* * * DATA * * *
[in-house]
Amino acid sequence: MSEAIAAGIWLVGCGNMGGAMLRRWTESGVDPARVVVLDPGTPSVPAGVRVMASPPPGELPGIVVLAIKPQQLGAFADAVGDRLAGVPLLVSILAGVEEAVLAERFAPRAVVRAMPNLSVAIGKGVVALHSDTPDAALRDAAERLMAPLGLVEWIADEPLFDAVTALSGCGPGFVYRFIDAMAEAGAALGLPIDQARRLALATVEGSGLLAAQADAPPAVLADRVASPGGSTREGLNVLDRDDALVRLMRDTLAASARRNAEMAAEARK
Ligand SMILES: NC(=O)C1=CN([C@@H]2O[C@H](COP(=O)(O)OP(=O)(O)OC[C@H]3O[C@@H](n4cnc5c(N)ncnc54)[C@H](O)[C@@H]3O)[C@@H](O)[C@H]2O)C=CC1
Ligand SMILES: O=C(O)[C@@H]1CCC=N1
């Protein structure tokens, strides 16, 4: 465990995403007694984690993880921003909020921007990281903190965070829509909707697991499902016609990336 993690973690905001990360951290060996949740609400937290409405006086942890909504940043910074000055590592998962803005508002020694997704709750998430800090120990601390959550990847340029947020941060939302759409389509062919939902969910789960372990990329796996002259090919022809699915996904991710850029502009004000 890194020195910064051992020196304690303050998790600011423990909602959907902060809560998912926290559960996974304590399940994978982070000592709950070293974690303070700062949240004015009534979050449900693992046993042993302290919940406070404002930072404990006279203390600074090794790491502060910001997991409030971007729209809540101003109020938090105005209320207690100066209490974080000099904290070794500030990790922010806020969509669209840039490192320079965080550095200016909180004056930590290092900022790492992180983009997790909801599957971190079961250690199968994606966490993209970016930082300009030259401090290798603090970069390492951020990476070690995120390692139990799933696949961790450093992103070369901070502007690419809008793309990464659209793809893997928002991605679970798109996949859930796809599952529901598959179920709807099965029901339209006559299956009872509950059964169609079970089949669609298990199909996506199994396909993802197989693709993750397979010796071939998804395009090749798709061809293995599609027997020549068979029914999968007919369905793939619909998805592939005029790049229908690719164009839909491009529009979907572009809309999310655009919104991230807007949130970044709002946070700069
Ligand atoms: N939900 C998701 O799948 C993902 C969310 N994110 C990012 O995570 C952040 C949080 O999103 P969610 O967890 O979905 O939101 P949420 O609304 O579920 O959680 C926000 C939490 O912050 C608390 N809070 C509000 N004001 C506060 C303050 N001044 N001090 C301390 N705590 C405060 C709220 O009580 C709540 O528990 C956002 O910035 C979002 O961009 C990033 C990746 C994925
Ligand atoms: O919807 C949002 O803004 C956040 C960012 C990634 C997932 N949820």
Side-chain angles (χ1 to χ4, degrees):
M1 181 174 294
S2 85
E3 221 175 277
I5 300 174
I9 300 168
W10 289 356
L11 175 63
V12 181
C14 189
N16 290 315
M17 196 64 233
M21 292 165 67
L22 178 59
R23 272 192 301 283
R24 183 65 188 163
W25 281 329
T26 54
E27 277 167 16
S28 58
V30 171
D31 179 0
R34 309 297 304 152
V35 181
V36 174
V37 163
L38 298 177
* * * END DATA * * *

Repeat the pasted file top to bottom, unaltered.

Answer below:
[in-house]
Amino acid sequence: MSEAIAAGIWLVGCGNMGGAMLRRWTESGVDPARVVVLDPGTPSVPAGVRVMASPPPGELPGIVVLAIKPQQLGAFADAVGDRLAGVPLLVSILAGVEEAVLAERFAPRAVVRAMPNLSVAIGKGVVALHSDTPDAALRDAAERLMAPLGLVEWIADEPLFDAVTALSGCGPGFVYRFIDAMAEAGAALGLPIDQARRLALATVEGSGLLAAQADAPPAVLADRVASPGGSTREGLNVLDRDDALVRLMRDTLAASARRNAEMAAEARK
Ligand SMILES: NC(=O)C1=CN([C@@H]2O[C@H](COP(=O)(O)OP(=O)(O)OC[C@H]3O[C@@H](n4cnc5c(N)ncnc54)[C@H](O)[C@@H]3O)[C@@H](O)[C@H]2O)C=CC1
Ligand SMILES: O=C(O)[C@@H]1CCC=N1
């Protein structure tokens, strides 16, 4: 465990995403007694984690993880921003909020921007990281903190965070829509909707697991499902016609990336 993690973690905001990360951290060996949740609400937290409405006086942890909504940043910074000055590592998962803005508002020694997704709750998430800090120990601390959550990847340029947020941060939302759409389509062919939902969910789960372990990329796996002259090919022809699915996904991710850029502009004000 890194020195910064051992020196304690303050998790600011423990909602959907902060809560998912926290559960996974304590399940994978982070000592709950070293974690303070700062949240004015009534979050449900693992046993042993302290919940406070404002930072404990006279203390600074090794790491502060910001997991409030971007729209809540101003109020938090105005209320207690100066209490974080000099904290070794500030990790922010806020969509669209840039490192320079965080550095200016909180004056930590290092900022790492992180983009997790909801599957971190079961250690199968994606966490993209970016930082300009030259401090290798603090970069390492951020990476070690995120390692139990799933696949961790450093992103070369901070502007690419809008793309990464659209793809893997928002991605679970798109996949859930796809599952529901598959179920709807099965029901339209006559299956009872509950059964169609079970089949669609298990199909996506199994396909993802197989693709993750397979010796071939998804395009090749798709061809293995599609027997020549068979029914999968007919369905793939619909998805592939005029790049229908690719164009839909491009529009979907572009809309999310655009919104991230807007949130970044709002946070700069
Ligand atoms: N939900 C998701 O799948 C993902 C969310 N994110 C990012 O995570 C952040 C949080 O999103 P969610 O967890 O979905 O939101 P949420 O609304 O579920 O959680 C926000 C939490 O912050 C608390 N809070 C509000 N004001 C506060 C303050 N001044 N001090 C301390 N705590 C405060 C709220 O009580 C709540 O528990 C956002 O910035 C979002 O961009 C990033 C990746 C994925
Ligand atoms: O919807 C949002 O803004 C956040 C960012 C990634 C997932 N949820």
Side-chain angles (χ1 to χ4, degrees):
M1 181 174 294
S2 85
E3 221 175 277
I5 300 174
I9 300 168
W10 289 356
L11 175 63
V12 181
C14 189
N16 290 315
M17 196 64 233
M21 292 165 67
L22 178 59
R23 272 192 301 283
R24 183 65 188 163
W25 281 329
T26 54
E27 277 167 16
S28 58
V30 171
D31 179 0
R34 309 297 304 152
V35 181
V36 174
V37 163
L38 298 177